To restore and recover Atlantic Salmon throughout their historic range in the “Downeast” rivers of Maine requires not only removal of barriers like dams and culverts, but also a concerted effort to restore the stream habitat and ecology. Salmon will need areas of clean gravels for spawning, woody habitat for juvenile fish to hide and grow and lots of in-stream structure and thermal refuges in a rapidly changing climate. Learn about the best practices in stream restoration design and implementation for Atlantic Salmon – which also benefit native Brook Trout and other species – from our partners at Project SHARE (Salmon Habitat and River Enhancement.)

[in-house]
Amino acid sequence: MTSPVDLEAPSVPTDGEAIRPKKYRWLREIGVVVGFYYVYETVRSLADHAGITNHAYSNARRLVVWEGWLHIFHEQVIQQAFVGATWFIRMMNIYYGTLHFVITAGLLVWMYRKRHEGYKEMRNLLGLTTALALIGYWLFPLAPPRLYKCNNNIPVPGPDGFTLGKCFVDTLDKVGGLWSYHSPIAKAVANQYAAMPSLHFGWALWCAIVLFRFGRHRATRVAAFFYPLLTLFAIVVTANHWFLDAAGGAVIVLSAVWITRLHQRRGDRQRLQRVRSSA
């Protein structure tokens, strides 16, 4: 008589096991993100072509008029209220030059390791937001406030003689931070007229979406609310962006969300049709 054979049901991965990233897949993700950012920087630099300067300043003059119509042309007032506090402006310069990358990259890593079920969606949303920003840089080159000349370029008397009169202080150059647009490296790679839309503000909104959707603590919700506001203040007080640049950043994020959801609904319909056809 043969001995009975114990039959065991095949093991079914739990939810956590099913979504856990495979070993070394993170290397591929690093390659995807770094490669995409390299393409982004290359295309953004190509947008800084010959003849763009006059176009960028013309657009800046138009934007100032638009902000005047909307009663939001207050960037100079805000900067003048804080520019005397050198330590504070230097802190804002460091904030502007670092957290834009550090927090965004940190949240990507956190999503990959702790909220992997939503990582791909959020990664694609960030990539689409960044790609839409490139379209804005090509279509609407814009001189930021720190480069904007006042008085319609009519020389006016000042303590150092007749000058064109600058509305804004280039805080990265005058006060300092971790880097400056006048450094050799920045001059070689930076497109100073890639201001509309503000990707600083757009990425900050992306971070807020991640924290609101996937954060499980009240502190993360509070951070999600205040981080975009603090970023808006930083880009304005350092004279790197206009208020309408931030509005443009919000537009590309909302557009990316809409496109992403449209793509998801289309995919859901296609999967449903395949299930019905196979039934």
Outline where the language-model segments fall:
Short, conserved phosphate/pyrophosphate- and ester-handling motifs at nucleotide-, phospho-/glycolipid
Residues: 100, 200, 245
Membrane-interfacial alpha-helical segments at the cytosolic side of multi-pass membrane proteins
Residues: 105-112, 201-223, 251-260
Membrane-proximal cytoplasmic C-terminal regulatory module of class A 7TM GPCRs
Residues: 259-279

Steven Koenig is the Associate Director of Project SHARE, a 501(c)(3) organization pursuing the restoration of Atlantic salmon habitat and natural ecosystem function in Eastern Maine. Over the past 21 years, he has worked with diverse partners to develop a nationally-recognized habitat restoration program completing 300 + restoration projects to date. Mr. Koenig collaborates with NGOs and resource agencies hosting stream restoration workshops throughout Maine. In 2009 the National Fish Habitat Action Plan recognized Mr. Koenig with its first national award “for Extraordinary Action in Supporting Fish Habitat Conservation.” He was named as an “Endangered Species Recovery Champion” by the USFWS in 2012. He is DEP-certified in Erosion and Sediment Control Practices and trained by the US Forest Service in Natural Stream Channel Design and Engineered Log Structure Design. Steven has a Bachelor’s of Science degree in cellular biology from the University of Michigan and has studied oceanography and limnology at the University of Wisconsin and fish physiology at West Virginia University.